What We're Reading

State documents reveal standardized test irregularities; aging prisoners strain government budgets

In three recent years, 33 New Orleans public schools have been flagged for problems and possible cheating on standardized tests, including an excessive number of changed answers, plagiarism and improper test proctoring, according to records provided by the Louisiana Department of Education.

There were 51 separate instances of irregularities or infractions at those schools in 2010, 2011 and 2012, causing 130 tests to be voided.

The Lens counted 15 incidents that would be considered major infractions under state guidelines.

The article notes that not all infractions are proof of cheating. On the other hand, the stakes on these tests are very high, considering that they may determine a teachers’ job security or end-of-year bonus. In a companion piece, The Lens explains its methodology and links to the source documents. On Thursday, Lens education reporter Jessica Williams will discuss her story in a live chat at 12:30 p.m.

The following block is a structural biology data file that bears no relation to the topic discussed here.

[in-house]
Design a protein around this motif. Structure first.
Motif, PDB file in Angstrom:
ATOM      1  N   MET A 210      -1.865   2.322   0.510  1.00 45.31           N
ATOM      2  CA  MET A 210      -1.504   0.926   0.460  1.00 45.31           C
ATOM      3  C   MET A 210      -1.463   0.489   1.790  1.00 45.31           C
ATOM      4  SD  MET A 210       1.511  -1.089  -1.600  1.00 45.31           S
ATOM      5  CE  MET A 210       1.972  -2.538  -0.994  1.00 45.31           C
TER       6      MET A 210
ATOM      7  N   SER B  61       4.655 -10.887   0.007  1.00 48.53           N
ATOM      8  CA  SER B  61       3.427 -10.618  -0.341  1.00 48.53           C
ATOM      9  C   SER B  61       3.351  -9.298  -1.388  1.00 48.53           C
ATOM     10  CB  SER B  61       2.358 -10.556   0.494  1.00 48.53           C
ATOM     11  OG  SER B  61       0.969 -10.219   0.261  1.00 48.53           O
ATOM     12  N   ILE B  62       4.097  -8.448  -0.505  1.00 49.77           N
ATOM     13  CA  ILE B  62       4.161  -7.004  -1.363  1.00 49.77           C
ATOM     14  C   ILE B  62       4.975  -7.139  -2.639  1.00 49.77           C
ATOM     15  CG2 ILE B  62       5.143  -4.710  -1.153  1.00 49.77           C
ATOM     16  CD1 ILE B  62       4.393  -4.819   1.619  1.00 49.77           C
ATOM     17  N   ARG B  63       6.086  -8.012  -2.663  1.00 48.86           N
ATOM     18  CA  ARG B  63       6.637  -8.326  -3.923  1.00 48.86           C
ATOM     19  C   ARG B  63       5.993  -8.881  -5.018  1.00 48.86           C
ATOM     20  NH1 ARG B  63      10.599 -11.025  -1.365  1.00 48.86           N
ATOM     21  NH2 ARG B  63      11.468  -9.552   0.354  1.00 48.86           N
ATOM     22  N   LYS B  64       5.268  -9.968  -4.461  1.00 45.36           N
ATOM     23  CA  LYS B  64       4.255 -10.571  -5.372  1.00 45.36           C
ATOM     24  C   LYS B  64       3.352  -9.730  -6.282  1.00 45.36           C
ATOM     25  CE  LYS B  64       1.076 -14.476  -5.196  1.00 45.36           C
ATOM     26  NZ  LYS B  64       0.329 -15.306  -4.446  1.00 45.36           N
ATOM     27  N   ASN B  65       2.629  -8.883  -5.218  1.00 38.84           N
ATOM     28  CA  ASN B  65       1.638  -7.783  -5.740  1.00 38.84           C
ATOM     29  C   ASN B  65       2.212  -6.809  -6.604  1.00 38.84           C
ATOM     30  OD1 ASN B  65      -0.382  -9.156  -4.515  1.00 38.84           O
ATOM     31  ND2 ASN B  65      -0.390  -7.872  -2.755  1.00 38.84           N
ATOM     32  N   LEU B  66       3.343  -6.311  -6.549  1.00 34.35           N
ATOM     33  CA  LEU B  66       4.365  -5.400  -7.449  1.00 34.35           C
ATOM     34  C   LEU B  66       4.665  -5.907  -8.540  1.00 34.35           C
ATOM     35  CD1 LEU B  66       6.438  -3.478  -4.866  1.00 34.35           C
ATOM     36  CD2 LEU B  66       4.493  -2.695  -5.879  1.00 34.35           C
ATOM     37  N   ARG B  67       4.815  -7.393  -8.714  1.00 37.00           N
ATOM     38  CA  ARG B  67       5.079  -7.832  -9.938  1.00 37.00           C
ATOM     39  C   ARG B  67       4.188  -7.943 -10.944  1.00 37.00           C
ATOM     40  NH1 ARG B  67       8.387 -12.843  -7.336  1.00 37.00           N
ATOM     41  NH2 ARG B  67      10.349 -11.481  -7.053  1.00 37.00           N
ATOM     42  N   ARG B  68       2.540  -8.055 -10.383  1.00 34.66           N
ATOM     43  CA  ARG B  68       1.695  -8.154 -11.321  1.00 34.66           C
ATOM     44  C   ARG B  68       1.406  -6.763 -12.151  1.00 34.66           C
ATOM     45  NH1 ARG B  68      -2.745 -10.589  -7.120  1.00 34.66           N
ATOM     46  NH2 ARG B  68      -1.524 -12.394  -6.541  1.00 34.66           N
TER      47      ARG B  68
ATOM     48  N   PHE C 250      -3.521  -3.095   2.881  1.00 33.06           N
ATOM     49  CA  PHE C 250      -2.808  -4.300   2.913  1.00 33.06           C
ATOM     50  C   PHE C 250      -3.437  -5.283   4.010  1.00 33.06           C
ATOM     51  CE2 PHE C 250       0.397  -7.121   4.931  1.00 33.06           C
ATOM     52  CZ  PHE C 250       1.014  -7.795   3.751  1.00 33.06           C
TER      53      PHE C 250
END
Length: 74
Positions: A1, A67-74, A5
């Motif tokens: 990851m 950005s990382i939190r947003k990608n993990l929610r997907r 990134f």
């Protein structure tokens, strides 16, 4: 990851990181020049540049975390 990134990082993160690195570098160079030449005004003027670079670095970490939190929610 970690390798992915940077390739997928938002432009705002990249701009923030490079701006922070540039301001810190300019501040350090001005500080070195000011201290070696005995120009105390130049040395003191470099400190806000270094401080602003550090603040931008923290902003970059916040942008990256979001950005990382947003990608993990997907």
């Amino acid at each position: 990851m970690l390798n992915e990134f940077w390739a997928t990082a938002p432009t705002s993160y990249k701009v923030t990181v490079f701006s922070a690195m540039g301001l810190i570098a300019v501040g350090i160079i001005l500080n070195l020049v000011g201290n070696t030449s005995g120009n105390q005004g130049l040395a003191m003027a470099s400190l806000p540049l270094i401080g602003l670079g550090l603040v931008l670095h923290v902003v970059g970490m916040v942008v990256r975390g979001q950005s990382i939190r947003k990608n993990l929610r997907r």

“Our officers now, instead of not even considering DNA, are looking at it as their first option when they go out on these cases,” said Deputy Chief Kirk Bouyelas, of the New Orleans Police Department. “It’s not just the murders and the shootings and the serious crimes, it’s even on the property crimes.”

“This place was not built to accommodate people like this,” [Warden Burl] Cain said. “I’m telling you, we’re really feeling it.”

“The Brown-Vitter bill really galvanized the debate about ‘too big to fail’ and capital ratios,” said Camden R. Fine, president of the Independent Community Bankers of America, an industry group that supports the agencies’ proposed rules. “It really focused the regulators’ attention on these capital issues.” With their latest move, the regulators hope to make the rules clearer and tougher.

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About Mark Moseley

Mark Moseley blogs at Your Right Hand Thief. Until mid 2014, Mark Moseley was The Lens' opinion writer, engagement specialist and coordinator for the Charter Schools Reporting Corps. After Katrina and the Federal Flood he helped create the Rising Tide conference, which grew into an annual social media event dedicated to the future of New Orleans.